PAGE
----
It is not correct to claim that Bharath or India is the birthplace of the Vedas. The utmost that can be said is that they were discovered by the people of Bharath. To ask why a happening in one place did not take place in another place also is the sign of a confused mind. The Divine Author decides what should happen when and where. As He decides, so it takes place. The atmosphere in India was congenial for the revelation and the growth of the Vedas. The Vedas were drawn towards the hearts of the sages of this land, this Karma-bhoomi, this Yoga-bhoomi and this Tyaga-bhoomi. Other lands pursued Bhoga and so their atmosphere was overcharged with worldly aspirations and achievements. The Vedic message could not therefore be easily understood there. Since in India, the spiritual quest was sincerely pursued, along with material objectives, people here had the good fortune of the Veda Matha, Mother Veda, incarnating.

Of course, this does not mean that the Veda Matha has not blessed other lands or is absent therein. It is like the force of gravitation present everywhere. The Veda is omnipresent. The heroic sages of Bharath were able to receive the Vedic Message as a result of their Sadhana of denial and detachment as well as their capacity to concentrate, and to experience the Bliss resulting from practising it. They were so selfless and full of compassion and love that they shared with those who approached them what they had heard and enjoyed. They are therefore called "Manthra Drshta". Through the long line of their disciples, the message has come down the ages and spread all over the land. Like a continuing flood, the mysterious Veda was 'visualised' by the Sages as Drshtas. The Bharathiyas, people of this country, are well aware of this debt.

The scriptural texts of India - the Vedas, Vedangas, Upanishads, Smrthis, Puranas and Ithihasas - are repositories of profound wisdom. Each of them is an ocean of sweet sustaining milk. Each is sacred and sanctifying. The waters of the Ocean can never be diminished in volume however many pumps you ply to drain them. Enormous quantities of water are turned into steam by the hot rays of the sun, bundled into clouds, and returned to the earth as rain. This helps the harvesting of grain and renders the land green with vegetation. The wonder is that in spite of this tremendous uptake and downpour, the level of the ocean does not go down even by an inch. Furthermore, even though thousands of live rivers pour their waters into the seas; the level is not seen to increase. Similarly, the persons who have supplemented their knowledge of the scriptural texts with the awareness of their validity acquired by practising the lessons contained in them, are not affected by praise or blame, whatever the source and quantity. Their hearts will stay pure, unaffected and calm. The holy scriptures of India are strongholds of such sustaining lessons.

However, one can imbibe those lessons only to the extent of one's patience and intelligent skill. After mastering the texts and gaining experience in putting the lessons into actual practice, one can share the light and the joy with others. The texts of India insist on the value of actual practice and the need to confirm the truths by experiencing their impact.

If a person desires to understand clearly the sacred books and scriptural texts of India, to imbibe their message, he must learn the Sanskrit language; he cannot avoid that responsibility and that duty. The very mention of Sanskrit immediately arouses in many among us a prejudicial attitude. "It is the dead language of a dying culture; it is boosted by the fanatic attachment of antiquated conservatives", contemporary moderns declaim. They condemn the language as surviving only in meaningless formulae, in fast vanishing rituals and ceremonies, in wedding rites and other futile exercises. It is a very difficult language to learn, it is said. Such beliefs have dug themselves deep into the minds of moderns. These banal opinions and false attitudes have to be exorcised from the minds of men.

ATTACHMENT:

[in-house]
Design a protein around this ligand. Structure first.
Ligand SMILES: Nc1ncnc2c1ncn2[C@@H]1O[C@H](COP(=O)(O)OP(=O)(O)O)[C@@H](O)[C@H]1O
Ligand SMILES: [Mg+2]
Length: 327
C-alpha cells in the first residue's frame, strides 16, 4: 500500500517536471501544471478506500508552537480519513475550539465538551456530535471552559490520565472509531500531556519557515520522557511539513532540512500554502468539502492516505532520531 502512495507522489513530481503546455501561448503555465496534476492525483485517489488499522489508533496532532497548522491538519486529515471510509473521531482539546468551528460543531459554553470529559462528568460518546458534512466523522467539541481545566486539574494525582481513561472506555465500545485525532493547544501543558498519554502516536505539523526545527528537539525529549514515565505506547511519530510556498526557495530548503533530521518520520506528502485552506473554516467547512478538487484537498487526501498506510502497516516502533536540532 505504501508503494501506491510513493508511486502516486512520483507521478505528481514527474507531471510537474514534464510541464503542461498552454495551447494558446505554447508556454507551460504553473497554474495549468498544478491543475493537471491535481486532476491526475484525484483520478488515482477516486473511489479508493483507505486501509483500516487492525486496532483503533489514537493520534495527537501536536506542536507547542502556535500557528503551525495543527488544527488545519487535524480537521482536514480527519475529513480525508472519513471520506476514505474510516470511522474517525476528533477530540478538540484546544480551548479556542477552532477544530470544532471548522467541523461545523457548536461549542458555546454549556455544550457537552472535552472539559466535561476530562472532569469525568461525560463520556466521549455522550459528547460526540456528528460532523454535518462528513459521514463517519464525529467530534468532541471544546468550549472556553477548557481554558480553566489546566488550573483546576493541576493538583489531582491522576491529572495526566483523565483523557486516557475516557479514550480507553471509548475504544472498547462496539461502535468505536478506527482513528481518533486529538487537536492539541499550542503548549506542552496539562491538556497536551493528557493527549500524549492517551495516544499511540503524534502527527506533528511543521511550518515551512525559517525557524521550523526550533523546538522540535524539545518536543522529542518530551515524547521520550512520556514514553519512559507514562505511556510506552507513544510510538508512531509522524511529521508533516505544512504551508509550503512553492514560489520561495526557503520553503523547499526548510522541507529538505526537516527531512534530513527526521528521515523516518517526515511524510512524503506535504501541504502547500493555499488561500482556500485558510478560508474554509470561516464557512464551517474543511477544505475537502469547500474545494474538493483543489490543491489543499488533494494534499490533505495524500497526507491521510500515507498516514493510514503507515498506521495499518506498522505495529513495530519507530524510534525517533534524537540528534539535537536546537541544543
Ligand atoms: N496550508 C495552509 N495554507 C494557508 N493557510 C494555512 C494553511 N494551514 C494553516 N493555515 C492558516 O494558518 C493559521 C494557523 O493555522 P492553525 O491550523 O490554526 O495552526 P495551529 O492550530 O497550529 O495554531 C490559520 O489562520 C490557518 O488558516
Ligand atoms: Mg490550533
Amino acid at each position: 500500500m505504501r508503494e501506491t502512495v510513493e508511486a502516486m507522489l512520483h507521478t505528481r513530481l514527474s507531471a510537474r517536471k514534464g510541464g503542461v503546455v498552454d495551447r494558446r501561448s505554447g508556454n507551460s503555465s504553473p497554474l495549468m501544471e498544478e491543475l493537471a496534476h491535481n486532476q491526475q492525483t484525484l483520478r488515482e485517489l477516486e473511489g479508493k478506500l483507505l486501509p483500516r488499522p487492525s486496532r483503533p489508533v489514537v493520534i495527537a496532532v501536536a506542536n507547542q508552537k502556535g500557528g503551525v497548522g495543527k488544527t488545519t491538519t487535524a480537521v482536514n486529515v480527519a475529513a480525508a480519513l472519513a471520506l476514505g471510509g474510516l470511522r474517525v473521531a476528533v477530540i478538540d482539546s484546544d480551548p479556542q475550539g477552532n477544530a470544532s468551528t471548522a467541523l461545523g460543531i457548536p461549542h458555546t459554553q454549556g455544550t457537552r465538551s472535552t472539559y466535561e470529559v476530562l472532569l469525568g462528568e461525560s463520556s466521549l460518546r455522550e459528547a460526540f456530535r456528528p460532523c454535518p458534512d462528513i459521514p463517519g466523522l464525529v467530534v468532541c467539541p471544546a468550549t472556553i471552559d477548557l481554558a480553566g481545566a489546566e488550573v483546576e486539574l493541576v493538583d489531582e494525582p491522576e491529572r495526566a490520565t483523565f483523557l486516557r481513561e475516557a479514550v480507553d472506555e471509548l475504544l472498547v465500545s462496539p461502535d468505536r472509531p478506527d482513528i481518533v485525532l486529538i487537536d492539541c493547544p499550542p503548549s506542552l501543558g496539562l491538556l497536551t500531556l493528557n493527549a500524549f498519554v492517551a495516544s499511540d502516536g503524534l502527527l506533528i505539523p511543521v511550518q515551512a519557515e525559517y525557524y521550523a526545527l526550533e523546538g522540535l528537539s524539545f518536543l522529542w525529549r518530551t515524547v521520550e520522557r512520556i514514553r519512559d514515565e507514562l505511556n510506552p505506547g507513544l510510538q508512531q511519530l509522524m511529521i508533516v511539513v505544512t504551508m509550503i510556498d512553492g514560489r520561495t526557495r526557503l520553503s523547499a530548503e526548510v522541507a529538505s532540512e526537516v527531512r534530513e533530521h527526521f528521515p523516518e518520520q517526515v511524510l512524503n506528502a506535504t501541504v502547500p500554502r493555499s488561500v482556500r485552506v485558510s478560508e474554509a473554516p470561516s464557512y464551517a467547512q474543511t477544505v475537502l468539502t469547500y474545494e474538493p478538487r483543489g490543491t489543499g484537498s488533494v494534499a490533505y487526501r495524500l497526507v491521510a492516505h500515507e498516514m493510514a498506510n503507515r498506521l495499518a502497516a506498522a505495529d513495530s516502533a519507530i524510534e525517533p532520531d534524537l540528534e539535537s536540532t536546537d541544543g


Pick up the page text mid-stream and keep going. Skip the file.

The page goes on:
Sanskrit is an immortal language; its voice is eternal; its call is through the centuries. It has imbedded in it the basic sustenance from all the languages of the world. Revere Sanskrit as the Mother of languages. Do not ignore its greatness or talk disparagingly about it. When you yearn to slake the thirst for nectar offered by the Vedas, you have to learn Sanskrit. In order to interpret the Vedas and elaborate their inner meanings and mysteries, the sages have left behind text books of complementary sciences like grammar, poetics, philosophy and astrology. Their researches and books range over several fields of knowledge like astronomy, geography, jurisprudence, ethics, epistemology, music, psychology and rhetoric. Western scientists are struck with admiration at the wonders of astronomy they have unveiled and the truths they have unravelled in other sciences; they have benefited by the clues provided by these sages and they are engaged in further research encouraged by the discoveries of these ancient seers. They have acknowledged that these rshis had advanced far more than the Greeks in their astronomical knowledge. In the Vedas and the supplementary literature they produced, we can find already revealed many secrets of nature, hailed as revolutionary discoveries by modern science, like the existence and explosive possibilities of the atom. Many sections of the Atharvana Veda are found to be mines of such important information when examined by westerners. The Germans established special institutes and universities in order to conduct research on the contents of the tons of palm-leaf manuscripts of the Naadi texts and horoscopes, and on astronomy, medicine, chemistry, toxicology, mathematics, etc. They are learning Sanskrit so that this work may proceed successfully. In America, Russia and even in Afghanistan, the Universities are not only themselves eager to introduce Sanskrit as a subject of study but they are being pressed by scholars to do so! Foreigners are revering these texts from India as gems of lucky discovery.